Is Tech Innovation Only for the Rich/Affluent Majority

The following quoted piece is my comment that I left on this article that was posted over at Computer World. And while I agree with the premise, its also just as hard to ask the question in light of both sides that have to make the answer together. Your comments are totally appreciated and welcomed:

Speaking as a minority, and as a person who’s walking towards their own attempt to change this perception – my views are my own…

…there are a ton of barriers, and depending on one’s perspective, yes, tech innovation can seem to favor those who are rich or of a primary/majority racial or economically affluent background. However, that’s only part of the issue, the other side has to do with the perception of opportunity, and the ability to interface with people who are and aren’t in your racial/economic communities who have experienced success in bringing innovations to pass.

I have been very blessed. My parents went into all kinds of debt to make sure that my sister and I were exposed to as many types of people and innovations as they could. And while they could set the foundation, they could not create the end product. It has been up to me (and my sister) to make good on the lessons that people from every strata of USAmerican society has given us so that we could see and peruse the benefits of life – even the merits of tech innovation.

What we didn’t have, and what is harder to find in some areas of the racial/economic spectrum now is the teaching that happens after one has been granted some success. There are not a lot of people who are able to go back into the communities they came from (for whatever reason) and teach the wrongly held perceptions out. Speaking again personally, I do this with mentoring and through the magazine/consultatory that I started, but its not at all the norm. It’s more the norm to meet some area of influence and then parlay that into politics, rather than directly back into communities.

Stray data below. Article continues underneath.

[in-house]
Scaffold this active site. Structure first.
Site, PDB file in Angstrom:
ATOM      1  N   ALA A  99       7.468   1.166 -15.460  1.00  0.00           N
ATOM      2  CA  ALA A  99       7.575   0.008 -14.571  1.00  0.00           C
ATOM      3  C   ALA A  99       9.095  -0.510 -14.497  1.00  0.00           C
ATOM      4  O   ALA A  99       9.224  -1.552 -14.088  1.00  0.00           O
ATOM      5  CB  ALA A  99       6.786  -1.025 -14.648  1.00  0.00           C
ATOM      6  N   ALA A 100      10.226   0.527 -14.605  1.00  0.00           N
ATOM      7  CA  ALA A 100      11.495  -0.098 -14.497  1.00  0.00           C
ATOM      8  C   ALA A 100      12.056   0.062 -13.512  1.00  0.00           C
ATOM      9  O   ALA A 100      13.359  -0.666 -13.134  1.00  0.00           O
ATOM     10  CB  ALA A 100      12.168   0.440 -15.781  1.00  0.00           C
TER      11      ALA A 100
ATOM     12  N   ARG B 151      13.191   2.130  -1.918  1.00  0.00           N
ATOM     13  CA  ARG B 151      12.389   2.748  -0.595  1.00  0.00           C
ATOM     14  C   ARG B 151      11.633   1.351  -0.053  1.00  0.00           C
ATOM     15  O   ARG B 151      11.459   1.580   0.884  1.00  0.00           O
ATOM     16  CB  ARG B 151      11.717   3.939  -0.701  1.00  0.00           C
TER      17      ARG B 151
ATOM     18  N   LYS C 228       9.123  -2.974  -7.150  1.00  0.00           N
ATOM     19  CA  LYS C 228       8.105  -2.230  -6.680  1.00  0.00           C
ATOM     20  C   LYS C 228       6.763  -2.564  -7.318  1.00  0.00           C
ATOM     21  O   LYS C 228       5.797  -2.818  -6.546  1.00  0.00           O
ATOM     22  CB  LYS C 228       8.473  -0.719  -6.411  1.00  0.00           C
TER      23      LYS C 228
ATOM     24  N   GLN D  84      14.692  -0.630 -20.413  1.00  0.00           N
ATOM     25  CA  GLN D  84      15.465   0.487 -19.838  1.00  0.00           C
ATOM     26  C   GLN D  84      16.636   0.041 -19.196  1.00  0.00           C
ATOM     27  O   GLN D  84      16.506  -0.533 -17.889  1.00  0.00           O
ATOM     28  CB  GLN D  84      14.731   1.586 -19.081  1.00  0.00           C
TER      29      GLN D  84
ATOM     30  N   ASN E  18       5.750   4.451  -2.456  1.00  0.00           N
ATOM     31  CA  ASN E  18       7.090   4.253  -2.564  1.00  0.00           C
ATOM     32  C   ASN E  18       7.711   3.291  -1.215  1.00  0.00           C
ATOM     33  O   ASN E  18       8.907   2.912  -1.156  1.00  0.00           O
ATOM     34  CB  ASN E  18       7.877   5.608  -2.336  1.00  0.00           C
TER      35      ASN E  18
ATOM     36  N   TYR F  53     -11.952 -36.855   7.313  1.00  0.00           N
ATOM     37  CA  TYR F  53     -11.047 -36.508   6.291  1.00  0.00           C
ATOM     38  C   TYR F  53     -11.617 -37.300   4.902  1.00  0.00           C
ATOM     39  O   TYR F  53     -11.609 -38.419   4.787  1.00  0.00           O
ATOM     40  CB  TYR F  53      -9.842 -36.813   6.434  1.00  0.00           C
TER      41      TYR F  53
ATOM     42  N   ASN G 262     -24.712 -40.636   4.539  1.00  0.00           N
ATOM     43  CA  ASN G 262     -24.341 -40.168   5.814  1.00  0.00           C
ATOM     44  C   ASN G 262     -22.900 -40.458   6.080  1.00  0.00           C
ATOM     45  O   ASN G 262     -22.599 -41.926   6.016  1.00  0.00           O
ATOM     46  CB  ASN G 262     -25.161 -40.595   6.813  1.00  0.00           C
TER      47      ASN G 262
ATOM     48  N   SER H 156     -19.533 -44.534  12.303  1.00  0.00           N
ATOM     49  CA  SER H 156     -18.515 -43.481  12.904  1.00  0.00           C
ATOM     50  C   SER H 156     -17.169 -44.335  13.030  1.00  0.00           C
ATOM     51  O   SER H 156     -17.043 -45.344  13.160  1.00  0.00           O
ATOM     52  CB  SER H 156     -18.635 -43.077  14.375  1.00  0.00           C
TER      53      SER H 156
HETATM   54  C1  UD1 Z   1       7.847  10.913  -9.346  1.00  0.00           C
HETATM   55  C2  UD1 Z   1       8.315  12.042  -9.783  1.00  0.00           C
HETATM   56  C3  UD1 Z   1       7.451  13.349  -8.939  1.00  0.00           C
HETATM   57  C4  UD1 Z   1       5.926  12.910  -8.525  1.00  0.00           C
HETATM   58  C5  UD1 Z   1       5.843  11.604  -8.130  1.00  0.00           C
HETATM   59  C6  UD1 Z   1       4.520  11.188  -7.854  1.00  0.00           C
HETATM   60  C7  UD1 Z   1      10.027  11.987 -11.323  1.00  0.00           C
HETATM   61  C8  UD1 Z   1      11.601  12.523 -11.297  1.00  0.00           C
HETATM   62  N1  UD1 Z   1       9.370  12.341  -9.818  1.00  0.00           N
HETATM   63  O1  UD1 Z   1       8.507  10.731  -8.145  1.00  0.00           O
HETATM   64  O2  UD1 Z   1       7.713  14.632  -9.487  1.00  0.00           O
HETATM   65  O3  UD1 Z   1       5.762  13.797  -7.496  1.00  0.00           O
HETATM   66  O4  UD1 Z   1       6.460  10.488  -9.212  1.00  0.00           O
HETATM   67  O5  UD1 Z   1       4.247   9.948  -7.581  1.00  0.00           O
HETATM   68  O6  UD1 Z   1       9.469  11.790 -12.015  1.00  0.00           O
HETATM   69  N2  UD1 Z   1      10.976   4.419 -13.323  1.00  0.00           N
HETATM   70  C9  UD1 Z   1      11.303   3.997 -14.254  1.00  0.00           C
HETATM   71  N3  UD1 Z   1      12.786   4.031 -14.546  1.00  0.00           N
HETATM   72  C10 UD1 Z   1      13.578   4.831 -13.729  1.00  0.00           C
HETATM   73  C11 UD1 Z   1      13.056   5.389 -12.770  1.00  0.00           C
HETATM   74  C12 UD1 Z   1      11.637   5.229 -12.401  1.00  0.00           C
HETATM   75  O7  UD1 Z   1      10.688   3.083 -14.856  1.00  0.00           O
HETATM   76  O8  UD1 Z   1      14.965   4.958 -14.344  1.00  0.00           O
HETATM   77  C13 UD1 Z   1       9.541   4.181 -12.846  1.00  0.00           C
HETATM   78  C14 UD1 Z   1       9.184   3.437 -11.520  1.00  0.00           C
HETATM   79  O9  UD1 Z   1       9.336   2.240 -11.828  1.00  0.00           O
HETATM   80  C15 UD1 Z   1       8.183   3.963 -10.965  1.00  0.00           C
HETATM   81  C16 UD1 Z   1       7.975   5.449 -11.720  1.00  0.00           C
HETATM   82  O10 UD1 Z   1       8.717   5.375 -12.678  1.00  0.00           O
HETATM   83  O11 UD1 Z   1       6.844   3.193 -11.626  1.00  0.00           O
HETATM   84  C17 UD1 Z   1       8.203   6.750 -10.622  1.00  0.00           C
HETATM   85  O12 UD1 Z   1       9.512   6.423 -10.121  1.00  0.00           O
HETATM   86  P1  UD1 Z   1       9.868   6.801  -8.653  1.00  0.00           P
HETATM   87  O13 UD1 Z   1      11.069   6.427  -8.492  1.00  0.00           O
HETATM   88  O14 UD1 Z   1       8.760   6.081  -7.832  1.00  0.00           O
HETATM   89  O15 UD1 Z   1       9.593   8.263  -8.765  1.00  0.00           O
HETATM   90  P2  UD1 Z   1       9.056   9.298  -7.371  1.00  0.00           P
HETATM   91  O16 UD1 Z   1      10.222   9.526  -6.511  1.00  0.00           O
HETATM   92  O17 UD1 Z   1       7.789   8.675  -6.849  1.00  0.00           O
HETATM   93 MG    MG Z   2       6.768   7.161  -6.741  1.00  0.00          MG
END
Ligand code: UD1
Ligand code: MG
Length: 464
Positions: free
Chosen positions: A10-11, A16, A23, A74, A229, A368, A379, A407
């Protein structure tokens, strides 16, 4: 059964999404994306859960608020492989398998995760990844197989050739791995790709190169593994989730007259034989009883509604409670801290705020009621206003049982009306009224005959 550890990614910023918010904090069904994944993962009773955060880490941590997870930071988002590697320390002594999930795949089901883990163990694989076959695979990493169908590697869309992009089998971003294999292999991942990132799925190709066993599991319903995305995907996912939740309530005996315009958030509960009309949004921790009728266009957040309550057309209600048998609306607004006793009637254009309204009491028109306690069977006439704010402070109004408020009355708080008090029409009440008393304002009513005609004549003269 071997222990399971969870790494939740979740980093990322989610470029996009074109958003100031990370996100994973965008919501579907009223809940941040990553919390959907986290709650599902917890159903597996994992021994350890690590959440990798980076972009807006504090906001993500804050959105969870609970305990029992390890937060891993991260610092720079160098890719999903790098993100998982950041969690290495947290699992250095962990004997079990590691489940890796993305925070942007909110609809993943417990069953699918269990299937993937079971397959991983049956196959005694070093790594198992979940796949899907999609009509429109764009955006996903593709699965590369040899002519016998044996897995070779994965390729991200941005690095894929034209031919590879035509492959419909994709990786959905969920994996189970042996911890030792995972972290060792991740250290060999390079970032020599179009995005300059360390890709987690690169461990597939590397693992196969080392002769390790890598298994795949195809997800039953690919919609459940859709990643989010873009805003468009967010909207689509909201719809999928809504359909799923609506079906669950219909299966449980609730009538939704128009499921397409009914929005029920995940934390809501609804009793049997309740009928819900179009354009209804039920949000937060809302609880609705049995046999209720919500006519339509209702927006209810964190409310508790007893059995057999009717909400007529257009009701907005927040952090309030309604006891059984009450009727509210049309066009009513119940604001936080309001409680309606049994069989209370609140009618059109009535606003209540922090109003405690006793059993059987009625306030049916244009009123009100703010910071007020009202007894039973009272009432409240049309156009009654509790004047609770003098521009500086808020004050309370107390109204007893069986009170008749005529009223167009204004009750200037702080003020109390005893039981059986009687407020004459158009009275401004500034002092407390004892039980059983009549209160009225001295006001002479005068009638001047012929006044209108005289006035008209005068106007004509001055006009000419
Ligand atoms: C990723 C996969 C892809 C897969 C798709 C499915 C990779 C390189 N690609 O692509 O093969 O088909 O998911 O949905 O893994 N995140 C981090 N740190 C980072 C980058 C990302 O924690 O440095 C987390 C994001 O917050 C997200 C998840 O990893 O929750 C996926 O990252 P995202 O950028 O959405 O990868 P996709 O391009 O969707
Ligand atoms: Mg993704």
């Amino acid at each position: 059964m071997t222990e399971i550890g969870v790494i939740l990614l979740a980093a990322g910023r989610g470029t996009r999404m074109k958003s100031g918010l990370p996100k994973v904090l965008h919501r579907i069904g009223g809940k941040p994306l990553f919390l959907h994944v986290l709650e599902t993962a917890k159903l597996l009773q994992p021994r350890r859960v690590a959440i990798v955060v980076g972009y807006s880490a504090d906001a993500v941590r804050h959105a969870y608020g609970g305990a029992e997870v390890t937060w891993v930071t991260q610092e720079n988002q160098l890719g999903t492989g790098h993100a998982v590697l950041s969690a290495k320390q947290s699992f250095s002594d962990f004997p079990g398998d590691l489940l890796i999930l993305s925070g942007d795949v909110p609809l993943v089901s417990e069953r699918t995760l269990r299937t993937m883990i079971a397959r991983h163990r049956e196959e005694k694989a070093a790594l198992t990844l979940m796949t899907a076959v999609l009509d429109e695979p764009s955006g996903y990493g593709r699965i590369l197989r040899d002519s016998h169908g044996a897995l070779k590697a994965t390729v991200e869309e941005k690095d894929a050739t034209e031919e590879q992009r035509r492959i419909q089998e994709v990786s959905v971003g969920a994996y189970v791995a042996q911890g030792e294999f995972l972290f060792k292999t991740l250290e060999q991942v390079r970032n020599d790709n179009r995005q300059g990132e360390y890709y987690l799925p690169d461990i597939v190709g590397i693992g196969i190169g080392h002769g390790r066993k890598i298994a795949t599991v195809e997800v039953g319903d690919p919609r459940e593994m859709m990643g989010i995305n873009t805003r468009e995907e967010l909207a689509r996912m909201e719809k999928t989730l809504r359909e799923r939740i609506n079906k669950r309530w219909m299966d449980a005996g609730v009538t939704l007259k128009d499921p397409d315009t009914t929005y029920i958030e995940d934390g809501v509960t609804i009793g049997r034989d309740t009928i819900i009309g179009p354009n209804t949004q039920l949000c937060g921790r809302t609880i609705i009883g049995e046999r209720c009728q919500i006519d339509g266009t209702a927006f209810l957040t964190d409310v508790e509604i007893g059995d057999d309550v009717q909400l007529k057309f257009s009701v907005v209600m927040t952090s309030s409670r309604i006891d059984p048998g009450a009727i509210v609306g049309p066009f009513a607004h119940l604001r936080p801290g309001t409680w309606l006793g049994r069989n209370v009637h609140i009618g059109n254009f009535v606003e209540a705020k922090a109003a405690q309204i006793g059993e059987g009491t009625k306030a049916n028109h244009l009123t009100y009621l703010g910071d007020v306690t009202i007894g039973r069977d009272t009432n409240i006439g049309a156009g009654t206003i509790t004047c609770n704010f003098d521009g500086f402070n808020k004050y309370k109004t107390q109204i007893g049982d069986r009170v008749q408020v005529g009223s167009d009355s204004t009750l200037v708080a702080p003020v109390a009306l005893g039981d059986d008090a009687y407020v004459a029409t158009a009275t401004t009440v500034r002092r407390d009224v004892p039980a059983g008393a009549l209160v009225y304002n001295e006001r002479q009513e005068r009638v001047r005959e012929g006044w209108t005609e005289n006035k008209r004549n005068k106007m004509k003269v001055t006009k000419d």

So yes, I can agree with this article in that there’s more to be done, and certainly more ownership of innovation and stewardship of innovation that needs to be done. But the problem is very basic to address and lies at the core of who we are as USAmericans – do we value what we create enough to share it with others, or are we more concerned with accomplishing a dream, only to lord those accomplishments over those who didn’t work as hard as we did.

Where we answer that says as much about the state of the next generations of tech leadership, as much as it says about the very fabrics of life in this country.

Additional iPad Reflections, the Beginning of Web as Appliance

I’m getting used to living with a two device solution in respect to having my Nokia N97 smartphone and the newly acquired Apple iPad. I’m finding that there’s a benefit to having the web in a right now mode (my smartphone), and the web in a just read and enjoy mode (the iPad). What I had not expected is that the iPad would cause me to alter some behaviors that while healthy, were really a product of mobile just not growing fast enough.

Today is probably the best of examples. I had a late start to the day and therefore didn’t want to use the iPad early on. I used a few of my mobile devices to do things such as Google Reader reading, email reviewing & responding, and some minor communications. And because I wanted to give my N97’s batteries a fresh go – I moved my SIM card into my N95 and went ahead and was simply mobile.